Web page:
I take my pencil in hand to inform you that I am well and hope that these lines will find you all well and a doing well. I received your letter last night and was glad hear from you. I have sent you three letters, two by mail and one by patrick grifin. I sent you 10 dolars in money and 30 in a treasury order. I want you to see to it and get the money and pay of as much deat as you can. We have not got our uniforms yet but the Captain seys we will get them in the morning. We have lotts to eat such as it is bread and meat and potatoes, rice, sugar and a good many things. camp how is about 4 miles up the monongahela river. there is now in camp about one thousand men all of which is cavalry except us. We have had a right smart of trouble in our company as Cornel Smith wants to split our company and poot us in ould regiments but our oficers say that they will take us back home before they will due that. While am writing the thougt runs through my hed that you are are talking about me. I wat you to write to me all about how you ar getting along with your tobaco. We had a big frost hear this morning. Martins boys will sart home to night. Tell Jackson and thomas that I want them to be good boys and dew all that there mother tells them. I want mother to not grieve about me eny more. tha see can help when I hear of hit. it maks mee feel bad. I am with Josep Golentine, John Evans, A. Evans, lewis pary, Caleb Eans. I mus Close at preasant. I remain your affectionate Son.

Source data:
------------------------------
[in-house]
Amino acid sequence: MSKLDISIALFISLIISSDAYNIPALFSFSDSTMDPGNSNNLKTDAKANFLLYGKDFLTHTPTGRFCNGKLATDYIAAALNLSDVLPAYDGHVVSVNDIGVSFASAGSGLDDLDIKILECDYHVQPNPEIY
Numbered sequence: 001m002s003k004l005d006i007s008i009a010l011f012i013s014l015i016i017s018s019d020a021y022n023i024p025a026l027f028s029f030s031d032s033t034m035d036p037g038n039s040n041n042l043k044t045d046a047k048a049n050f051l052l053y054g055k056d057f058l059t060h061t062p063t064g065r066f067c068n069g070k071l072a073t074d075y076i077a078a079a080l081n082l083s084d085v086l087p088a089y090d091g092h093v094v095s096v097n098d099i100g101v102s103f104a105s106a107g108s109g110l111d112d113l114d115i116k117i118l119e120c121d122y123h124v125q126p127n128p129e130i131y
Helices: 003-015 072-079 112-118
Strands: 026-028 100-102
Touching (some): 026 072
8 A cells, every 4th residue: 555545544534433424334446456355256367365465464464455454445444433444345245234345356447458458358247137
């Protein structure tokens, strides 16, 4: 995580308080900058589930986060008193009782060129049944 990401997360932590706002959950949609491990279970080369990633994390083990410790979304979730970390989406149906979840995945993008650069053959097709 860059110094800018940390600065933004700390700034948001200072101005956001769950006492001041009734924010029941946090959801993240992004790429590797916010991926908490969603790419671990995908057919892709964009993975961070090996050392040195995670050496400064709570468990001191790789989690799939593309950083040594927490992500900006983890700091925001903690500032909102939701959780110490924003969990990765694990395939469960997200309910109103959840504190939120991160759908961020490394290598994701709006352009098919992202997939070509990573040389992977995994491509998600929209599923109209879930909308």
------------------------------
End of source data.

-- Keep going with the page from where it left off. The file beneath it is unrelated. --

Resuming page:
Most of the 18th Cavalry's time was spent scouting the countryside. In unfamiliar terrain and with minimal weapons training, there was not much the men could do if encountering rebels. At times they were caught in surprise ambushes with some of the men captured. Once the 18th Cavalry brought in 28 Confederate prisoners. Rodenbough and Grief wrote that these skirmishes were "in the nature of a dress rehearsal. The men were being hammered into shape for the more important conflicts pending...."
Henry was on duty as a picket at Chantilly near Fairfax, VA, from Feb. 10-26. On Feb. 25, the 18th Cavalry was attacked by the 43rd Virginia Cavalry -- known as Mosby's Raiders -- fighting under the command of Col. John S. Mosby. He was shot and wounded, the bullet entering "the fleshy part of the left arm, the ball entering left side passing just between the rim of the stomach and the skin," recalled friend Parry. It came to rest "about ten inches from the place where it entered."